Fayyaz Ul Hassan Chohan from the party of our hopes, PTI went on television on March 13th 2014 and when asked to comment on polygamy answered by telling a ludicrous joke about a man and his two wives. These women bickered. They were first threatened and eventually controlled by their husband. Not only was it not funny, it was tragically painful for any woman who cares about her rights and her voice in society. The obsession of our people with the concept of one man and multiple women competing for his attention falls back on the concept brought to civilization at the advent of agriculture where you buy fidelity of a woman or various women in exchange for security. Security from what, one may ask. Security from a patriarchal society where women are commodified, degraded, put on national TV in the form of jokes. It all really comes a full circle.
While commenting on the women’s cricket team, Shahid Afridi, the man responsible for raising the Pakistani flag high after many victorious matches found it important to emphasize that women had a talent in their hands that was well suited for cooking. It is no small mercy that this man is not in charge of anything that pertains to the economics of this country and that his opinions are not binding, but still it is a roaring insanity that a person with that level of influence should box up women based on only what their hands are good for: serving. Women do not belong in a kitchen any more than men do: There is food there, everyone belongs in it. Our women’s cricket team probably does more for our women’s rights than many such caused organizations put together because it is colossally empowering to see a woman use her talent, her discipline, and her strong body unabashedly for something public and above all representing the country. What nerve to reduce these warriors into makers of chicken karhais. Not every woman dreams of disappearing into the cloak of a dark and dingy kitchen. That is probably just a male fantasy coming from the same place the joke did.
The Council of Islamic Ideology (CII) which could be said to be like the moon-sighting committee for eid and just as limited in its abilities and tools, has also found it important to issue an opinion on, yes, you guessed right, women. And yes, this council, although was supposed to have a women representative, has none. So again, we have men talking about what women should do and not do. Women have no say in their husband’s second, third or fourth marriage, says CII. When you have no opinion you might as well be invisible.
Is that however what our egalitarian and equity based faith teaches us? Does it tell us that the first word divinely revealed, read, was only revealed for men, or can women too, read and determine their own path to the Almighty? These questions, which every Muslim woman will ask herself and her society will have a long awkward silence because the people who have been nominated to decide their faith are completely at odds with our founding fathers vision. Allama Iqbal believed in Islamic modernism and in his interpretations, polygamy was both outdated from the context were it existed and also against the grain of the need for the faith to evolve in order to be eternal.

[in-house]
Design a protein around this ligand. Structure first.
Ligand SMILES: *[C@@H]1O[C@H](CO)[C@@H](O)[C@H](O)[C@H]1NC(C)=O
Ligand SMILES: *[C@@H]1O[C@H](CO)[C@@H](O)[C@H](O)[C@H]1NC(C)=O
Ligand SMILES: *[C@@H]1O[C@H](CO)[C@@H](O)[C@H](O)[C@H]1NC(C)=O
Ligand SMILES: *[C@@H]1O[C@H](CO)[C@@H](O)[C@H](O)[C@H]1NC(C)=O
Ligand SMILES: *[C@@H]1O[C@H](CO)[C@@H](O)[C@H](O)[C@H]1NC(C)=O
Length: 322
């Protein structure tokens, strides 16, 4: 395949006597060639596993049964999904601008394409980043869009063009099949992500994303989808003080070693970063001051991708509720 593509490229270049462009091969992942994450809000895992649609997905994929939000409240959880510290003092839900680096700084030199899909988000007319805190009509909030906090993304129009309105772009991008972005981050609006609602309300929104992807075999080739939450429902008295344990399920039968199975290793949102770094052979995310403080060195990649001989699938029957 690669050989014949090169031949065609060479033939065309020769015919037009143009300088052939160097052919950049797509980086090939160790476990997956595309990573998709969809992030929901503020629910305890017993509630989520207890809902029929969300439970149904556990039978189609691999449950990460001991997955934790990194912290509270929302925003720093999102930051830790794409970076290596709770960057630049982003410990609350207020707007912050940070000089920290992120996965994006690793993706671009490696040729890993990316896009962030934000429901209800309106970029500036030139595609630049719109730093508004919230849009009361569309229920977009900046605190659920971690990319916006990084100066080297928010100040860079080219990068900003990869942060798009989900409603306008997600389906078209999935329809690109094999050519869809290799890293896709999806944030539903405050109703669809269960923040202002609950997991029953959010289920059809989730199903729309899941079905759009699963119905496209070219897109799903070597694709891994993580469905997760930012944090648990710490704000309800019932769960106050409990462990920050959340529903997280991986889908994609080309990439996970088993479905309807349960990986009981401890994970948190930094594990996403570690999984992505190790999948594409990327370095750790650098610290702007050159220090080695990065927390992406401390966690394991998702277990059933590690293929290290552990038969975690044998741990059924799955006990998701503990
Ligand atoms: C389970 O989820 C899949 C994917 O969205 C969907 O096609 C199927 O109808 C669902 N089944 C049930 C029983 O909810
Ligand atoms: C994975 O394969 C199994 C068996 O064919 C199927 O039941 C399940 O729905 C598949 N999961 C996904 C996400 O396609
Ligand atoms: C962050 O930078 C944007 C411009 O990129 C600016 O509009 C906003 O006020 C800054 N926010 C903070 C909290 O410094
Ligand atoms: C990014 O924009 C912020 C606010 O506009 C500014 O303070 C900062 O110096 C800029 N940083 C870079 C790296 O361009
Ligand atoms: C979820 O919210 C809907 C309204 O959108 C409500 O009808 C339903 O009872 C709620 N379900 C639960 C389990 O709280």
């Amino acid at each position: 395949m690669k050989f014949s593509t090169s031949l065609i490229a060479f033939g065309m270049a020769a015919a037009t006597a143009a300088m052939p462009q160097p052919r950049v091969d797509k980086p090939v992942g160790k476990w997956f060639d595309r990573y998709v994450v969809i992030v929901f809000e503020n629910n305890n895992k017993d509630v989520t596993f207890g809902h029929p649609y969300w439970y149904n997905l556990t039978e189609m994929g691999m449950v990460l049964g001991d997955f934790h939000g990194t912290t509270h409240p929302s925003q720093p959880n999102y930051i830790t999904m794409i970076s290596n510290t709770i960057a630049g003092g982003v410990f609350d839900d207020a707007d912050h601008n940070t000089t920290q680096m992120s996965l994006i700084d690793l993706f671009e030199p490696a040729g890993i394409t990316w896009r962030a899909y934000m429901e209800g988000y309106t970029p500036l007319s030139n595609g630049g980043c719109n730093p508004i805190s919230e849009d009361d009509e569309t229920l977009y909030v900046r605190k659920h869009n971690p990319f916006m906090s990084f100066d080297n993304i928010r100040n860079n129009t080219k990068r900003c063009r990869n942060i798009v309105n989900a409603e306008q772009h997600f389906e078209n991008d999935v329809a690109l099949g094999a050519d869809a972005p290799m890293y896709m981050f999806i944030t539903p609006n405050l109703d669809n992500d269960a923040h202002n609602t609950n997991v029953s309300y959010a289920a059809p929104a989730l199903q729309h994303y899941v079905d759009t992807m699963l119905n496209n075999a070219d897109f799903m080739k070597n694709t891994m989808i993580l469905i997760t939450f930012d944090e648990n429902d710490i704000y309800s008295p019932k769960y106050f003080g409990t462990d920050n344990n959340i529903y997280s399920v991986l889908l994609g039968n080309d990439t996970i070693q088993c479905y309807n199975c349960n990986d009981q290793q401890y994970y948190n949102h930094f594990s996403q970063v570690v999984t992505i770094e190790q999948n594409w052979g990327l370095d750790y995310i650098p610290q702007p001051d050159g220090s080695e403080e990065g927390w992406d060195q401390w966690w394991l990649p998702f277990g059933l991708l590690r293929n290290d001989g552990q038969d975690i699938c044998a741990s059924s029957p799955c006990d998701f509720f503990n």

Another founding father the CII has insulted is Quaid-e-Azam Mohammad Ali Jinnah. The CII did this when they opined that underage marriages are permissible. Jinnah worked tirelessly to pass the Child Marriages Restraint Act, one of his many steps towards empowering women of this region. It is no surprise that the very same lot who opposed Jinnah have now become the leaders of the movement that is hell bent on turning us to the dark ages. Illustratively, Pakistan’s teen girls die in the thousands while giving birth, because not only is their age not a consideration when marrying them off, neither is the need to space children out. According to UNICEF 17% of women have children before the age of 18. Considering the population of Pakistan these numbers are swollen and catastrophic. On whose heads do these deaths lie?
The least we can do is not give this barbaric practice religious sanction.
It is 2014, Pakistani women are soaring the skies in F16s, conquering the Everest, winning the Oscars and by large numbers outdoing their counterparts in standardized examinations. In rural Pakistan they have supported the economy in agriculture and in the homes, bringing up children at the same time. They are not voiceless beings to be marginalized at birth. Be aware of the time they avenge the burdens that society has put on them for eons.
For a merciful future, stop speaking on their behalf.
Published in Daily Times on March 16, 2014